"We giv' him the name of Pip for your sake, dear old chap," said Joe, delighted when I took another stool by the child's side (but I did not rumple his hair), "and we hoped he might grow a little bit like you, and we think he do."
I thought so too, and I took him out for a walk next morning, and we talked immensely, understanding one another to perfection. And I took him down to the churchyard, and set him on a certain tombstone there, and he showed me from that elevation which stone was sacred to the memory of Philip Pirrip, late of this Parish, and Also Georgiana, Wife of the Above.
"Biddy," said I, when I talked with her after dinner, as her little girl lay sleeping in her lap, "you must give Pip to me, one of these days; or lend him, at all events."
"No, no," said Biddy, gently. "You must marry."
"So Herbert and Clara say, but I don't think I shall, Biddy. I have so settled down in their home, that it's not at all likely. I am already quite an old bachelor."
Biddy looked down at her child, and put its little hand to her lips, and then put the good matronly hand with which she had touched it, into mine. There was something in the action and in the light pressure of Biddy's wedding-ring, that had a very pretty eloquence in it.
"Dear Pip," said Biddy, "you are sure you don't fret for her?"
"O no - I think not, Biddy."
"Tell me as an old, old friend. Have you quite forgotten her?
"My dear Biddy, I have forgotten nothing in my life that ever had a foremost place there, and little that ever had any place there. But that poor dream, as I once used to call it, has all gone by, Biddy, all gone by!"
Nevertheless, I knew while I said those words, that I secretly intended to revisit the site of the old house that evening, alone, for her sake. Yes even so. For Estella's sake.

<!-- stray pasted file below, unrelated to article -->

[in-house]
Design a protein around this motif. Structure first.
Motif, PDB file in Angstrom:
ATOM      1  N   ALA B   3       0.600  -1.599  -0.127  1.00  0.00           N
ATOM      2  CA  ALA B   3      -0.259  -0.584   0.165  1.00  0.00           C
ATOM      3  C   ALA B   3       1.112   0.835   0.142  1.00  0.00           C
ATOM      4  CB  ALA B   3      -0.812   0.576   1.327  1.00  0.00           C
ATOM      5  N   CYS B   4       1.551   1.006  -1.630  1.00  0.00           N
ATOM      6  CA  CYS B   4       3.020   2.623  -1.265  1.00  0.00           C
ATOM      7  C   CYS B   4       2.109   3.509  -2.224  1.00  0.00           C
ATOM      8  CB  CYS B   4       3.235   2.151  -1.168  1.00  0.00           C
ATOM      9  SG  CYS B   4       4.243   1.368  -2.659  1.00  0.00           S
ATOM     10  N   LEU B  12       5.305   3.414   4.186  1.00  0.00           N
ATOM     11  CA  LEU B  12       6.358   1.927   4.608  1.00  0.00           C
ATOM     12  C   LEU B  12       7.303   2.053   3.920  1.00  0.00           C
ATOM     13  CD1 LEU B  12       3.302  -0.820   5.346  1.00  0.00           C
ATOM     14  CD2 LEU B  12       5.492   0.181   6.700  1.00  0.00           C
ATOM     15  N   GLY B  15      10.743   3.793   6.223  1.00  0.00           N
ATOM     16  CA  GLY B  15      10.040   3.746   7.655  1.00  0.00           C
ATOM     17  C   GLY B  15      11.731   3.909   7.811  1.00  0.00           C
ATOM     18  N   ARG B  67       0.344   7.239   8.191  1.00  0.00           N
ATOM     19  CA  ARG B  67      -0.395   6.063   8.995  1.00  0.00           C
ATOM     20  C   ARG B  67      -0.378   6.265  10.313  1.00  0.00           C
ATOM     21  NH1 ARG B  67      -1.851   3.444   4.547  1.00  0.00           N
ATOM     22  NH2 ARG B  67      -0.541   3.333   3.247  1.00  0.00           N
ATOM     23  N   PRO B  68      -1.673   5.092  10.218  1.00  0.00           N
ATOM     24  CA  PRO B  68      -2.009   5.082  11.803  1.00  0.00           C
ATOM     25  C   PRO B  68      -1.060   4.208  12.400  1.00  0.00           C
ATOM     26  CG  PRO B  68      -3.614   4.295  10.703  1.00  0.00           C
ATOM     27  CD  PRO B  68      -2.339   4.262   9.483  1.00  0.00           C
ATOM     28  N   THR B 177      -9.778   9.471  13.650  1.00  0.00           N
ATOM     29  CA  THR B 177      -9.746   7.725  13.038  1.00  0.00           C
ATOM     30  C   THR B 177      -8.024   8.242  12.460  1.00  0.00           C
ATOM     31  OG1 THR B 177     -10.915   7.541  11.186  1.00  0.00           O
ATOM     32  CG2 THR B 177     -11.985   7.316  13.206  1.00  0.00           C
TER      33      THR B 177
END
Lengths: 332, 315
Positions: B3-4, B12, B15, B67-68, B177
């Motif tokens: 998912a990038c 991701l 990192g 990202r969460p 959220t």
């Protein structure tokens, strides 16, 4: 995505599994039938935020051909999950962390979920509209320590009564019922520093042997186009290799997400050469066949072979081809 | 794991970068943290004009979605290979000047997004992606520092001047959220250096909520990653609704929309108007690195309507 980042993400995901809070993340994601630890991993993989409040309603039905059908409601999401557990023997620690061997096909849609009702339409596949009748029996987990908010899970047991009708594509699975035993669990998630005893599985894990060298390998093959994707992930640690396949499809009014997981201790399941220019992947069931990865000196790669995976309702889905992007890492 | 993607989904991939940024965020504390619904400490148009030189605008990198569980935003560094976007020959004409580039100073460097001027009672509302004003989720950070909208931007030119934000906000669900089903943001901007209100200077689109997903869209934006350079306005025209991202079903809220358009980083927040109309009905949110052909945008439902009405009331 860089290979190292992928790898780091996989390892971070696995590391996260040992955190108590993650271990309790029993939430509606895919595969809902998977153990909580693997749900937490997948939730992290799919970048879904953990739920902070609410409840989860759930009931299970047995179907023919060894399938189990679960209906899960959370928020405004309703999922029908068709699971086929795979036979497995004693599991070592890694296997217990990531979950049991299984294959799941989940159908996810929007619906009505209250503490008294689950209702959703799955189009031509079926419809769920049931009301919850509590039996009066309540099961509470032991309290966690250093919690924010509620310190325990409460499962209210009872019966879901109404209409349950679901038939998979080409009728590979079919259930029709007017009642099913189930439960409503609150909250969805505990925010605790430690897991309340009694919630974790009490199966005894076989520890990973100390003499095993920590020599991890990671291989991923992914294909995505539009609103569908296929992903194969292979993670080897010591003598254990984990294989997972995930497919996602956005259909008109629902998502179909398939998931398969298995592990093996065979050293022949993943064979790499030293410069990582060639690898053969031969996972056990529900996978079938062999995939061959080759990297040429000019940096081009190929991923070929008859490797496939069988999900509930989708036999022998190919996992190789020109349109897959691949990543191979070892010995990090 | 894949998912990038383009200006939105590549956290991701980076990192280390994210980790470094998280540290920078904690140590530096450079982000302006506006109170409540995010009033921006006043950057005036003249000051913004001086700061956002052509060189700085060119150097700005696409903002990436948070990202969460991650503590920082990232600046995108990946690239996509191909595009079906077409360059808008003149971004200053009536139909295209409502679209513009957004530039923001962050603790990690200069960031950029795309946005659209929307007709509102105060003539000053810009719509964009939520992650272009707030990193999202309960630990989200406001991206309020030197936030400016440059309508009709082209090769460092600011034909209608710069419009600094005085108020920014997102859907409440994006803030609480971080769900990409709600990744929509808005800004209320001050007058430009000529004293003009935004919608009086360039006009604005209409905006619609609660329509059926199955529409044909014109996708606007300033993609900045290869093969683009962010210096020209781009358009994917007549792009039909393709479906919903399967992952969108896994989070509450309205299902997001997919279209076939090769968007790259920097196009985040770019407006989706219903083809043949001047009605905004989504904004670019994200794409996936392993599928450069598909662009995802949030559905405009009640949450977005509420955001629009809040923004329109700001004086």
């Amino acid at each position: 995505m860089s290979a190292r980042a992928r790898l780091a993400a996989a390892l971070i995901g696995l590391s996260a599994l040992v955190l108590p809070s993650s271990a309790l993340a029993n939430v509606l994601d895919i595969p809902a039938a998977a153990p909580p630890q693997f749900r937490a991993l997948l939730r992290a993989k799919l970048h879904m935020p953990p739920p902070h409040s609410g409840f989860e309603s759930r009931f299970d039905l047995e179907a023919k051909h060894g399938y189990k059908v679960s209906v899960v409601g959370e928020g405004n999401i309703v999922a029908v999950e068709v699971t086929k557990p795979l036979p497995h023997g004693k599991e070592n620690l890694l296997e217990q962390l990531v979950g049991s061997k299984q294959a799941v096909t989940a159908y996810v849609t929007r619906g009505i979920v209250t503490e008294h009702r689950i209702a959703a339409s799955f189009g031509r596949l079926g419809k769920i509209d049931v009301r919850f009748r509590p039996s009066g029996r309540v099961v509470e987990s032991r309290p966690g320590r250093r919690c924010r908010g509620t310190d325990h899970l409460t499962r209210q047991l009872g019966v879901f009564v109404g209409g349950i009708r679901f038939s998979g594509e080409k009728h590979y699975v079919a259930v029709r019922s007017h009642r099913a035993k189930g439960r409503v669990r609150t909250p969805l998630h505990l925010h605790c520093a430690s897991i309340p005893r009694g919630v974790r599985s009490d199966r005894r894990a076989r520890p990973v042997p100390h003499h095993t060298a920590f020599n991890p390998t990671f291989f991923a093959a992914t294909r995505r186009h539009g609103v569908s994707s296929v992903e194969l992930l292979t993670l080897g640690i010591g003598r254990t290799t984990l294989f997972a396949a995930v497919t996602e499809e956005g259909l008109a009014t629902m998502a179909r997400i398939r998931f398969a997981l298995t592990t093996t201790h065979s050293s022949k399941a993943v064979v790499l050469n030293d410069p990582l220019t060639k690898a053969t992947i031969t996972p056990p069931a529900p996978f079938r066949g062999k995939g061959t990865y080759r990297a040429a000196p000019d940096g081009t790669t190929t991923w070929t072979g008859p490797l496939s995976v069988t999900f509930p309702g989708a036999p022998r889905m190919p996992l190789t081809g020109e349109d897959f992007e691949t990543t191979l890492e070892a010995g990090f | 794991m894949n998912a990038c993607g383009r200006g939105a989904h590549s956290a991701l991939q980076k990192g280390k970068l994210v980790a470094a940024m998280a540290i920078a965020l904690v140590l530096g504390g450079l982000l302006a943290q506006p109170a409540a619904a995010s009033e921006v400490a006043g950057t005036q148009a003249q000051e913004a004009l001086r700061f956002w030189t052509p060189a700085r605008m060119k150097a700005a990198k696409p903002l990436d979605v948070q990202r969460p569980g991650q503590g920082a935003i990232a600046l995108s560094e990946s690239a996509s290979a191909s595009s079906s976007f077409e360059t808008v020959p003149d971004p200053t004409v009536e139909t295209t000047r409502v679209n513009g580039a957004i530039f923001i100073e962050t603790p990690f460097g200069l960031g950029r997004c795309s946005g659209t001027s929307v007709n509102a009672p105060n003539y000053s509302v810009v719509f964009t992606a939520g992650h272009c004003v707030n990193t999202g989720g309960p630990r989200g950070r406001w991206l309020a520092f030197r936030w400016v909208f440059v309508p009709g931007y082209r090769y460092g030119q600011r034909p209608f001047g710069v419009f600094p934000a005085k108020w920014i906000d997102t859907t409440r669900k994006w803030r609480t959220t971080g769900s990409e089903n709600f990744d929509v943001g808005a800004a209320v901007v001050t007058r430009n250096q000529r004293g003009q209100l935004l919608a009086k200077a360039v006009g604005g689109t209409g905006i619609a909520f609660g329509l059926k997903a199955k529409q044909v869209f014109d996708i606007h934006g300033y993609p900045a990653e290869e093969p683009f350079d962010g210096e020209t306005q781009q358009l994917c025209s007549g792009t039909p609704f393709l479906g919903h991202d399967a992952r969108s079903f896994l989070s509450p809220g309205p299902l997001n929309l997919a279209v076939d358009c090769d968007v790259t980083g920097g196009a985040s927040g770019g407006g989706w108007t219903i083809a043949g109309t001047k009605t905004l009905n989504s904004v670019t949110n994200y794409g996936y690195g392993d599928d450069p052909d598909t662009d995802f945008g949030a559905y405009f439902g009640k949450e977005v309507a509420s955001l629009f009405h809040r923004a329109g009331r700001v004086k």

I had heard of her as leading a most unhappy life, and as being separated from her husband, who had used her with great cruelty, and who had become quite renowned as a compound of pride, avarice, brutality, and meanness. And I had heard of the death of her husband, from an accident consequent on his ill-treatment of a horse. This release had befallen her some two years before; for anything I knew, she was married again.
The early dinner-hour at Joe's, left me abundance of time, without hurrying my talk with Biddy, to walk over to the old spot before dark. But, what with loitering on the way, to look at old objects and to think of old times, the day had quite declined when I came to the place.
There was no house now, no brewery, no building whatever left, but the wall of the old garden. The cleared space had been enclosed with a rough fence, and, looking over it, I saw that some of the old ivy had struck root anew, and was growing green on low quiet mounds of ruin. A gate in the fence standing ajar, I pushed it open, and went in.
A cold silvery mist had veiled the afternoon, and the moon was not yet up to scatter it. But, the stars were shining beyond the mist, and the moon was coming, and the evening was not dark. I could trace out where every part of the old house had been, and where the brewery had been, and where the gate, and where the casks. I had done so, and was looking along the desolate gardenwalk, when I beheld a solitary figure in it.
The figure showed itself aware of me, as I advanced. It had been moving towards me, but it stood still. As I drew nearer, I saw it to be the figure of a woman. As I drew nearer yet, it was about to turn away, when it stopped, and let me come up with it. Then, it faltered as if much surprised, and uttered my name, and I cried out: